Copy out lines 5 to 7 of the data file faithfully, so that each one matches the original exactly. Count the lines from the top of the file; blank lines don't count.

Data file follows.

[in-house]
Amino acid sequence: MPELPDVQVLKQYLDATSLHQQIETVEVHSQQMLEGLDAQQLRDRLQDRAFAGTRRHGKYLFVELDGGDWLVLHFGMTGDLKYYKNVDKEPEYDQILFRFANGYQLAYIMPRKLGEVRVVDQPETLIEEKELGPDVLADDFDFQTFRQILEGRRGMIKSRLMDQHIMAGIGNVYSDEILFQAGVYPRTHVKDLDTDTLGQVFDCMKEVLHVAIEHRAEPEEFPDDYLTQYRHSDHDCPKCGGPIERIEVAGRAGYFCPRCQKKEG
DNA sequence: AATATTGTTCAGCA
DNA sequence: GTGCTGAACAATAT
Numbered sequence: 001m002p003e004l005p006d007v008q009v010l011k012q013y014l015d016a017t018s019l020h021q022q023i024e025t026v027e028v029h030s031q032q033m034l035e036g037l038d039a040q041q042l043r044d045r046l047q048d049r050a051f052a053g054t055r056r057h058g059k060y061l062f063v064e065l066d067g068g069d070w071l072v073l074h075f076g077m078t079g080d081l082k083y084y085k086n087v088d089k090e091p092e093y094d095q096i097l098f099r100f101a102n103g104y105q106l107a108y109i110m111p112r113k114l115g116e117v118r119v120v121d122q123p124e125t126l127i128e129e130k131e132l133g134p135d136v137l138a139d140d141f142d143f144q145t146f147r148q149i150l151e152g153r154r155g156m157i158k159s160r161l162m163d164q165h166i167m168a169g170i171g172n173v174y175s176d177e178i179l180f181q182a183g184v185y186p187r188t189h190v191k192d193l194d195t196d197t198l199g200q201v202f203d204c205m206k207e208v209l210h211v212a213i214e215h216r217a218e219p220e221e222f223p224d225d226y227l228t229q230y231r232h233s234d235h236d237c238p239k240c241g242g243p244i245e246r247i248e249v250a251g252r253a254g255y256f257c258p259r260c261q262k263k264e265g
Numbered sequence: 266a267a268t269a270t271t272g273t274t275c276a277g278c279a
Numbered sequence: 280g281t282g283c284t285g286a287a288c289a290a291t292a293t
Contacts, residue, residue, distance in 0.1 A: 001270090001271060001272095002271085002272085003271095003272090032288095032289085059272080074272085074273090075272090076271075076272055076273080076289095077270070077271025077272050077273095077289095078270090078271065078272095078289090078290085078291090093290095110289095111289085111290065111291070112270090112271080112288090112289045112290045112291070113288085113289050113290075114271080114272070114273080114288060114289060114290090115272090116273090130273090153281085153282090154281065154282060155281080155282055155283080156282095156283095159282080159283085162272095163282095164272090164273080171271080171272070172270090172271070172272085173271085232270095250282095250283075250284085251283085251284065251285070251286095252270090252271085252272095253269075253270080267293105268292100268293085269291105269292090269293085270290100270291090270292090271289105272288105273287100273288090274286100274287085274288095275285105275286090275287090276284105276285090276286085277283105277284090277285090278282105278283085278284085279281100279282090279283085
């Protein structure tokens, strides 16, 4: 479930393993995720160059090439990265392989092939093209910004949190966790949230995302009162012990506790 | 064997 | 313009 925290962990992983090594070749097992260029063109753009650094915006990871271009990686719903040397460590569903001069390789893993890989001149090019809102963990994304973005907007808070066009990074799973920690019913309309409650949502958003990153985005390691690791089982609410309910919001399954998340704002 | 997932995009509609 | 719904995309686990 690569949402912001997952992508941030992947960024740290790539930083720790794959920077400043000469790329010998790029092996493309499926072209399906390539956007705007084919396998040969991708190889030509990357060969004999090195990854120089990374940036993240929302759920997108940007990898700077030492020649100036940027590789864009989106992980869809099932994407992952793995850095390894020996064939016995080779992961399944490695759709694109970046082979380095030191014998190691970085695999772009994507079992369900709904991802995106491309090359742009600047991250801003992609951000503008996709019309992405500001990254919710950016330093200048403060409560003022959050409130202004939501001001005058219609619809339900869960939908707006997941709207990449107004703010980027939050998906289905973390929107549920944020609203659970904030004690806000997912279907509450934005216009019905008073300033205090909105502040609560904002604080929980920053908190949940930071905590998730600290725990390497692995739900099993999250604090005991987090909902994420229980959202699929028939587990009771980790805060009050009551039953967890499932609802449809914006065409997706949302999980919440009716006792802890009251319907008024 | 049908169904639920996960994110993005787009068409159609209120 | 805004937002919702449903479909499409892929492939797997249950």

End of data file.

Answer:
Numbered sequence: 001m002p003e004l005p006d007v008q009v010l011k012q013y014l015d016a017t018s019l020h021q022q023i024e025t026v027e028v029h030s031q032q033m034l035e036g037l038d039a040q041q042l043r044d045r046l047q048d049r050a051f052a053g054t055r056r057h058g059k060y061l062f063v064e065l066d067g068g069d070w071l072v073l074h075f076g077m078t079g080d081l082k083y084y085k086n087v088d089k090e091p092e093y094d095q096i097l098f099r100f101a102n103g104y105q106l107a108y109i110m111p112r113k114l115g116e117v118r119v120v121d122q123p124e125t126l127i128e129e130k131e132l133g134p135d136v137l138a139d140d141f142d143f144q145t146f147r148q149i150l151e152g153r154r155g156m157i158k159s160r161l162m163d164q165h166i167m168a169g170i171g172n173v174y175s176d177e178i179l180f181q182a183g184v185y186p187r188t189h190v191k192d193l194d195t196d197t198l199g200q201v202f203d204c205m206k207e208v209l210h211v212a213i214e215h216r217a218e219p220e221e222f223p224d225d226y227l228t229q230y231r232h233s234d235h236d237c238p239k240c241g242g243p244i245e246r247i248e249v250a251g252r253a254g255y256f257c258p259r260c261q262k263k264e265g
Numbered sequence: 266a267a268t269a270t271t272g273t274t275c276a277g278c279a
Numbered sequence: 280g281t282g283c284t285g286a287a288c289a290a291t292a293t